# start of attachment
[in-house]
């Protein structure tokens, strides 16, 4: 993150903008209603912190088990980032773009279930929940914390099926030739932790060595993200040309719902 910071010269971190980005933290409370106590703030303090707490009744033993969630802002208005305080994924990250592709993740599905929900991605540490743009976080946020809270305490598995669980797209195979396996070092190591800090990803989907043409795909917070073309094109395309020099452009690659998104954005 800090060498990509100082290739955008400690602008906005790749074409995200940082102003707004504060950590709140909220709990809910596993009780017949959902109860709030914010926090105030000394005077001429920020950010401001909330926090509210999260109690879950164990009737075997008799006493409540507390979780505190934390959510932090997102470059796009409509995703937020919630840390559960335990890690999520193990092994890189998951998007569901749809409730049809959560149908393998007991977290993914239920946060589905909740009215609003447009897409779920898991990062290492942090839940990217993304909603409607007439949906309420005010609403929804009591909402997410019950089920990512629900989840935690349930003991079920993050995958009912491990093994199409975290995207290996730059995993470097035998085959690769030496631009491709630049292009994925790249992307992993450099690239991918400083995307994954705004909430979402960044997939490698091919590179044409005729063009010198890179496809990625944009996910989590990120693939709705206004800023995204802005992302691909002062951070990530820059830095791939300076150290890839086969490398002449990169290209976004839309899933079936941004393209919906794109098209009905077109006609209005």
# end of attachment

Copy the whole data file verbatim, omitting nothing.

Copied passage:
[in-house]
């Protein structure tokens, strides 16, 4: 993150903008209603912190088990980032773009279930929940914390099926030739932790060595993200040309719902 910071010269971190980005933290409370106590703030303090707490009744033993969630802002208005305080994924990250592709993740599905929900991605540490743009976080946020809270305490598995669980797209195979396996070092190591800090990803989907043409795909917070073309094109395309020099452009690659998104954005 800090060498990509100082290739955008400690602008906005790749074409995200940082102003707004504060950590709140909220709990809910596993009780017949959902109860709030914010926090105030000394005077001429920020950010401001909330926090509210999260109690879950164990009737075997008799006493409540507390979780505190934390959510932090997102470059796009409509995703937020919630840390559960335990890690999520193990092994890189998951998007569901749809409730049809959560149908393998007991977290993914239920946060589905909740009215609003447009897409779920898991990062290492942090839940990217993304909603409607007439949906309420005010609403929804009591909402997410019950089920990512629900989840935690349930003991079920993050995958009912491990093994199409975290995207290996730059995993470097035998085959690769030496631009491709630049292009994925790249992307992993450099690239991918400083995307994954705004909430979402960044997939490698091919590179044409005729063009010198890179496809990625944009996910989590990120693939709705206004800023995204802005992302691909002062951070990530820059830095791939300076150290890839086969490398002449990169290209976004839309899933079936941004393209919906794109098209009905077109006609209005």